When We're Accused of Sin . . . and It's True

Our world seems to become more corrupt day by day. The temptation to accept the ethics of the business world can seem hard to resist. We all want to be successful in what we do, and the pressure to conform to society's attitudes and way of living may at times seem overwhelming. The Internet offers enticing opportunities to sin in the privacy of our homes. God has told us to be as wise as serpents and "as innocent as doves" (Matt. 10:16, NIV).

Because of our fallen human nature, we see the sins in the lives of others, but not our own sins. We are more apt to ask, "What can I do about a sinning fellow Christian?" than to ask, "What can I do about the sin in my life?"

King David knew that he had sinned against God, but he refused to face his sin until the prophet Nathan confronted him. In 2 Samuel 12 Nathan accused David of committing adultery and murder. How did David respond? Did he order Nathan's execution? Did he make excuses for his behavior? Did he say, "I'm the king, so I'm above God's law?"

What can we learn from David's example? If we are caught in sin and confronted by others, what should we do?

We Must Admit the Truth 

David accepted responsibility for his actions and sincerely repented. We must confess that we have sinned against God. The Holy Spirit is faithful to convict us and to give us opportunities to repent, if we will heed His urging. But when we admit our wrong, we must make a full and sincere confession. If we confess only what we believe others already know and we hide the extent of our failure, we are not being completely honest with God, with ourselves, and with others. When the whole truth finally does come out, our previous confession will be disregarded and we will have no credibility left.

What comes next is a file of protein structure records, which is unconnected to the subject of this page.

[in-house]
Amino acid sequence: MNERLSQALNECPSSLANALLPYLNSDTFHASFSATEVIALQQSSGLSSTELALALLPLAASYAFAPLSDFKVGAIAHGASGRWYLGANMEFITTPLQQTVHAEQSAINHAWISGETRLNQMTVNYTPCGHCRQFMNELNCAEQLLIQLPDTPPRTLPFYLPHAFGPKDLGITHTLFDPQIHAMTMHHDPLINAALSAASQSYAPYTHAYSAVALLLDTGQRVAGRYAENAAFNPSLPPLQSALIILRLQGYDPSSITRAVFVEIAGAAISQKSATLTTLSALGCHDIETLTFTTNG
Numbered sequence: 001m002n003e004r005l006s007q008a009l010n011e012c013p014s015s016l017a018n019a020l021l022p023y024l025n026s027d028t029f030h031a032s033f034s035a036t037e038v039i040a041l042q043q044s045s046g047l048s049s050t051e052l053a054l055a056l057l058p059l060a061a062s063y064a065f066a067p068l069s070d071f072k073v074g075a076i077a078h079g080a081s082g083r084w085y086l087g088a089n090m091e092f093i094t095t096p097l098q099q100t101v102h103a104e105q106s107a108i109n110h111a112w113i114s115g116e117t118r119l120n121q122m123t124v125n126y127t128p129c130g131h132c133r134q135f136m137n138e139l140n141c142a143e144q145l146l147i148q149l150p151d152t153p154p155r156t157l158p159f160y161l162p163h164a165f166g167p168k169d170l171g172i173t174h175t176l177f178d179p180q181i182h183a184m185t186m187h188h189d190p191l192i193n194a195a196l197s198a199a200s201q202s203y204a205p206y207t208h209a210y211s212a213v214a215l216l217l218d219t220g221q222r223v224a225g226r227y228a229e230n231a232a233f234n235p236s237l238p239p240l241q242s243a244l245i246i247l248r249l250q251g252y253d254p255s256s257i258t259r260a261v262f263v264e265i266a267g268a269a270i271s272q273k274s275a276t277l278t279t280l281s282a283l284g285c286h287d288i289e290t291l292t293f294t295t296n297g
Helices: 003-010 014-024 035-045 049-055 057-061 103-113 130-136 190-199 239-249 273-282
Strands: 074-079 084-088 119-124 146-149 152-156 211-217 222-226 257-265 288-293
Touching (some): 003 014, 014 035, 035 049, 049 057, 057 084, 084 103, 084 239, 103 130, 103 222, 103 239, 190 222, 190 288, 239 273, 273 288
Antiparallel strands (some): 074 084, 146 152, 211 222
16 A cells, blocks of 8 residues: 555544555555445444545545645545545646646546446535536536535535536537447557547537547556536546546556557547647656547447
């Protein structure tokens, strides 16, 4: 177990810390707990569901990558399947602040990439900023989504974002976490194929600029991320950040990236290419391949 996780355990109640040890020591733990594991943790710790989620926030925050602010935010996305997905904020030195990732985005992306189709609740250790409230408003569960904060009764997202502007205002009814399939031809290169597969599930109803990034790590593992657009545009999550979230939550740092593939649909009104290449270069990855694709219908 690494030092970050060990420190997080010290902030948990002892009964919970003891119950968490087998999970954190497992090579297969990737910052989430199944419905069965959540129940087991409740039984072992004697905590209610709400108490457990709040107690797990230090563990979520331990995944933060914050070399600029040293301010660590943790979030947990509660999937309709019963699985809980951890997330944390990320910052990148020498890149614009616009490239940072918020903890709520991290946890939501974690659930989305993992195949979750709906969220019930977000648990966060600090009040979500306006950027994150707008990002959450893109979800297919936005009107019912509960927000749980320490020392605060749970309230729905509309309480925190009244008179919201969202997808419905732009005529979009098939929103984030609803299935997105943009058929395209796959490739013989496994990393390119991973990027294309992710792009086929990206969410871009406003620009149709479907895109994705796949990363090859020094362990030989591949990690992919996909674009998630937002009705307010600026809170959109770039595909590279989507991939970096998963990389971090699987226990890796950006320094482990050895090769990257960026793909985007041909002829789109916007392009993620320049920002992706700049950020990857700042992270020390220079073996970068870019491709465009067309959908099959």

We Must Prepare for the Consequences and Make Restitution

The innocent also suffer when we sin. The people we love and care about the most may suffer greatly because of our wrongdoing. We must empathize with those whom we have hurt and demonstrate that we are truly sorry for the pain we have caused them. If possible, we should make restitution. We must seek God's help and guidance to nurture our relationship with family members, and we must allow them time to heal. If others outside our family have been affected by our sin, we must work to maintain our relationships with them. 

We Must Accept God's Judgment and His Mercy

David beseeched God to spare the life of his infant son (2 Sam. 12:15-17). However, when God took his son's life, David arose, washed and anointed himself, and worshipped God. He accepted God's verdict. However, he also accepted God's mercy. If we refuse to accept God's mercy and forgiveness, we are putting ourselves above God and His Word. We are saying that Jesus' sacrifice on the cross was not enough to cleanse us from our sins and that His mercy is unacceptable to us.

We Must Recognize That All Have Sinned 

As believers, we must recognize that we have all sinned. John says that if we say that we have no sin, we are deluding ourselves. Christians often lean toward one of two extremes: we become too lenient toward sin, or we treat the fallen Christian too severely by denying the possibility of repentance or by ignoring the person's repentance. Sooner or later we all sin; therefore, we must prepare ourselves in advance so that we will take the appropriate action of confessing our sin and repenting of it when we first realize that we have displeased God in thought, word, or deed (1 John 1:8-10; 2:1-6).

We Must Get Back to Living for the Lord 

After we have repented and accepted God's forgiveness, we must return to living for the Lord. The apostle Paul never forgot the mercy and forgiveness God had extended to him, "the worst of sinners" (1 Tim. 1:15-16, NIV). We must realize our vulnerability and diligently seek God's help to strengthen us, to make us aware of possible pitfalls, and to guide us in our decisions. 

© by Howard W. Stevens